Referred to as an off-road rally race, the 2019 Overland Challenge...
In This Article
We recently had the opportunity to test drive the 2020 Can-Am Defender Limited, Defender PRO HD10 and its 6×6 version through the trails of Mountain Home, Texas. YO Ranch Headquarters provided a picturesque backdrop to Can-Am’s three-day media event. Driving through the dirt trails and rocky terrain beside the perfectly awkward loping of the resident giraffes transported us away from Hill Country and into a Sub-Saharan African overland adventure — the perfect setting to test out UTVs.
Can-Am brought three separate models of the 2020 Defender — The Defender Limited, The Defender Pro HD10 and the Defender 6×6 DPS HD10. Over the course of three days, we got an inside look into Can-Am’s theory behind their latest changes, as well as an opportunity to put them to the test.
In a flooded UTV market, the details set companies apart. This has never been truer than with Can-Am’s 2020 upgrades and options. Every improvement was a purposeful response to its customer base, with each version designed to meet the interests of different customer groups.
Of the many changes Can-Am introduced in 2020, we focused on these practical upgrades:
Goodbye air compressors, sticks, and your girlfriend’s small hands. The 2020 version of all Defenders comes with a removable grill that enables you to clear debris, mud, and grass which might otherwise block the airflow and lead to overheating. It’s always nice to see companies making it easier to maintain vehicles in the field, because you’re rarely going to have a clean shop full of tools when something goes wrong.
Increased Ground Clearance
In many small off-road vehicles, there never seems to be enough ground clearance when you’re traversing through rocks and rutted terrain. Can-Am responded by not only increasing the ground clearance of its Defender models (12-inches for the Defender Limited; 13-inches for the Defender HD10), but also added an arched double A-arm front suspension. The end result is less bottoming-out and scraping as you drive over rough trails.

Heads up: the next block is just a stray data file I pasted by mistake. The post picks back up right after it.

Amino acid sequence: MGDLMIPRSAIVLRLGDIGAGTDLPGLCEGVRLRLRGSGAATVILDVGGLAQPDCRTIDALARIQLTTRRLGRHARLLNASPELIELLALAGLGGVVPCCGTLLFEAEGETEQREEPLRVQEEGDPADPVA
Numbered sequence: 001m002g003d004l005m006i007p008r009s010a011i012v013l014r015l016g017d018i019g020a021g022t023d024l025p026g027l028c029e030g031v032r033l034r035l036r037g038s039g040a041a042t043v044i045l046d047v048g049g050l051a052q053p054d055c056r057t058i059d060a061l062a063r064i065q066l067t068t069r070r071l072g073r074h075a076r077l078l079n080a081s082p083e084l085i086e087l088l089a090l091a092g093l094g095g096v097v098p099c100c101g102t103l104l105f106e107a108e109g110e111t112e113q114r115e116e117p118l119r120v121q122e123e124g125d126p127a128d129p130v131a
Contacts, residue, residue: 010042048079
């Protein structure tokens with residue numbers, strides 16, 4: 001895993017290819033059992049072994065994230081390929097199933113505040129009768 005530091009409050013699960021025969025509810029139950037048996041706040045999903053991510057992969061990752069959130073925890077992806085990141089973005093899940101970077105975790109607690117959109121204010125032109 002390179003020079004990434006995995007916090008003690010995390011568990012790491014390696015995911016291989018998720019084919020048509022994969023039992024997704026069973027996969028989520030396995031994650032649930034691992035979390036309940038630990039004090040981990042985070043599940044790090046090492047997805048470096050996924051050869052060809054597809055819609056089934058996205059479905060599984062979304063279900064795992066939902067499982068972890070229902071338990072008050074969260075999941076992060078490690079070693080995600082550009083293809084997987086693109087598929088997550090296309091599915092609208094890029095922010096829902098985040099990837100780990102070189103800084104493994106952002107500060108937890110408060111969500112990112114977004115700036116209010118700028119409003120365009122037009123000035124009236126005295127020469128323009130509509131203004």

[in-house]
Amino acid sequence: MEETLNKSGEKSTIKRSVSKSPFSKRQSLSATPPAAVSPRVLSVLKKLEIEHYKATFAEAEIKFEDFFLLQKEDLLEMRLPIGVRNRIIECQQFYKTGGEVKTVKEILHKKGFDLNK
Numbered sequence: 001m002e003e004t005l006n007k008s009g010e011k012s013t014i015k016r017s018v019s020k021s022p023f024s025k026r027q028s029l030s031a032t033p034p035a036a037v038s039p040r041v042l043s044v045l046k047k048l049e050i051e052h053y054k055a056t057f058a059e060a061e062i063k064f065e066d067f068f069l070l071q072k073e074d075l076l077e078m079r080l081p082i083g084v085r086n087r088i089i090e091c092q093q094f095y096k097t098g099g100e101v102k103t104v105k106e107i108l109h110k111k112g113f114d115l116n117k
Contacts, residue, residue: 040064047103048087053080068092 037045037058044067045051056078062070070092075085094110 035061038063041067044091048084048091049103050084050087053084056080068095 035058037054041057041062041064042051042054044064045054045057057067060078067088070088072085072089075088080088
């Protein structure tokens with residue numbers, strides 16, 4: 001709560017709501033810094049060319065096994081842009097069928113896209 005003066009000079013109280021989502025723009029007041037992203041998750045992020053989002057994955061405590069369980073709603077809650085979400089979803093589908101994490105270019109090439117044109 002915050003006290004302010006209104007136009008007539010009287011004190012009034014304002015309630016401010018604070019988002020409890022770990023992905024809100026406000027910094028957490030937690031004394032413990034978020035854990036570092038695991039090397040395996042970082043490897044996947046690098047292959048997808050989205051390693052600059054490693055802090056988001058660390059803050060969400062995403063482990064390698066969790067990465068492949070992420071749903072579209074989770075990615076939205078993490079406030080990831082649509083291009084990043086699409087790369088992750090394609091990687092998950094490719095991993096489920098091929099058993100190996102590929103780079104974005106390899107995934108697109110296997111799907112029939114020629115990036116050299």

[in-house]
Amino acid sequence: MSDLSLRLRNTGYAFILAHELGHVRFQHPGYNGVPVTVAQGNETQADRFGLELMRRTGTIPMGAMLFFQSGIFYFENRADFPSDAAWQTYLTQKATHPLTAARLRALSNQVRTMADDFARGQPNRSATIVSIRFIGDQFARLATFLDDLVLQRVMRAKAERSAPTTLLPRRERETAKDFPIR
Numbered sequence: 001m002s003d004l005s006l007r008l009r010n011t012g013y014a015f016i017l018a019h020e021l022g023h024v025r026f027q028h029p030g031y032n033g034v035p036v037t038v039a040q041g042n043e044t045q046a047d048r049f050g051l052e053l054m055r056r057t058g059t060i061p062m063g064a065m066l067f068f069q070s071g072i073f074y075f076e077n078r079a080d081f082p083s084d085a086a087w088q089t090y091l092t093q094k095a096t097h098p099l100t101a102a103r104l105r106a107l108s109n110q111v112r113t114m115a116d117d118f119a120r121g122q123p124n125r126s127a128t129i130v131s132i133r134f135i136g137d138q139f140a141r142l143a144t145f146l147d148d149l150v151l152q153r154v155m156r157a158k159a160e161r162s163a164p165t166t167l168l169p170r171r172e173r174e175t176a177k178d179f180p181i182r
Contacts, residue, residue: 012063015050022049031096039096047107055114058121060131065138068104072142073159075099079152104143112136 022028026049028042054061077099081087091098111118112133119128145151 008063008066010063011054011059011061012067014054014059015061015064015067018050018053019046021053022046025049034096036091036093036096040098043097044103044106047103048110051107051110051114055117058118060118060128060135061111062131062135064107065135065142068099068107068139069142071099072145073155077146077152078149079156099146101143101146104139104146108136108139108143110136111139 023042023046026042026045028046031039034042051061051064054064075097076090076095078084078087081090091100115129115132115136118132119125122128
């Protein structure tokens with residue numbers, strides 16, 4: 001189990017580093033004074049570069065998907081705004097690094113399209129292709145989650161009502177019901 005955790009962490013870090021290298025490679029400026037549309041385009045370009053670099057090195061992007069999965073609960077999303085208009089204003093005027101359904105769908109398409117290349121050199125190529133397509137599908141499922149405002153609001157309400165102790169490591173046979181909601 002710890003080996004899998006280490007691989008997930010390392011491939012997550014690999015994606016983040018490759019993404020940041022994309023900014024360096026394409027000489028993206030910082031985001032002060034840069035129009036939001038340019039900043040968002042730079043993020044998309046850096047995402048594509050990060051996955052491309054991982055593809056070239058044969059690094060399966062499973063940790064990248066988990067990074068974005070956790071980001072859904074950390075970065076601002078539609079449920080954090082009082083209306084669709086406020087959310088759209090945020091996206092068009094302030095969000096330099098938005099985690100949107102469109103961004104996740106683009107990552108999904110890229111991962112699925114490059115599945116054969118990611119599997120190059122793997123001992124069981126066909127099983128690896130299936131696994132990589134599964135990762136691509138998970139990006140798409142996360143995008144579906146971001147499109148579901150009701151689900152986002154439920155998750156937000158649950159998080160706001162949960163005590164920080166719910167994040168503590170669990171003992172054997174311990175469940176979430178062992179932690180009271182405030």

With a massive 6ft by 4.5ft bed and a payload of 1,000lbs, the Defender HD10 is an incredibly capable utility vehicle. If you need more space, the sides can be easily removed to quickly turn the cargo box into a flatbed. Additionally, the PRO HD10 can tow 2,500lbs, while the 6×6 DPS HD10 can tow a staggering 3,000lbs. With a width of just 64 inches, this UTV can go where most trucks cannot. (Note: Airtight Cab with HVAC: Can-Am’s HVAC with industry-first automatic mode provides both heat and air conditioning through their strategically placed eight-vent, air-filtered system. Only available in the Defender Limited, the HVAC system is complemented by an airtight cab. Hitting the dusty trails, you’ll have to remind yourself you’re sitting in a UTV, not a truck cab.
With these new details fresh in our minds, we were ready to test the vehicles on the trail.
We first jumped in the new Defender 6×6 DPS HD10. By far our favorite of the three based on capability and ruggedness, this thing is a beast. The first thing we noticed was how smooth the ride is for a utility vehicle. We barely noticed the divots, ruts and rocks the six tires soared through. We were even more impressed with its maneuverability — despite its long wheelbase and six wheels we were able to take sharp corners like a pro.
Of course, this vehicle really shines traversing rocky terrain and steep inclines. Always in 4-wheel drive, a quick flip of a switch sends this into 6-wheel drive and easily up hillsides. More tires means more contact patch on the ground, which translates to less loss of traction on slippery terrain.
Next, we jumped into its cousin, the PRO HD10. We utilized the 83.6 gallons of new space located under the cargo box to hold our bags. After a quick lesson on how to use the new 4.5-inch digital display to switch out of ECO mode and into the more powerful WORK mode, we were back on the trails.
An incredible machine, this UTV is best suited for those who do not require the extra towing capacity or off-road capability of the 6×6. Additionally, the PRO HD10 comes with “Turf” mode that provides traction without ripping up your lawn.
We saved this vehicle for last. We claimed it was to compare the performance on a shorter wheelbase, but, in reality, we wanted the enclosed cab with air conditioning for our Texas-hot afternoon ride. Without the AC blasting, we would have questioned whether the UTV was on; the thicker firewalls on the 2020 model greatly decreased noise pollution.
Additionally, the fully sealed cab not only kept the temperature cool, but prevented all dust from entering. This is a game changer in the UTV market.
In the past, UTV customers often had to determine if they were going to sacrifice comfort for capability or utility for luxury. With the new Can-Am Defender family, you really don’t have to choose. Depending on your needs, whether you’re looking to haul firewood through narrow two-track trails, tie down fence posts on a flat bed, find your perfect backwoods hunting spot, or load a bug-out vehicle that can go anywhere, the Can-Am Defender offers a configuration that fits your needs.
For more information on the 2020 Can-Am Defender, go to Can-Am.BRP.com.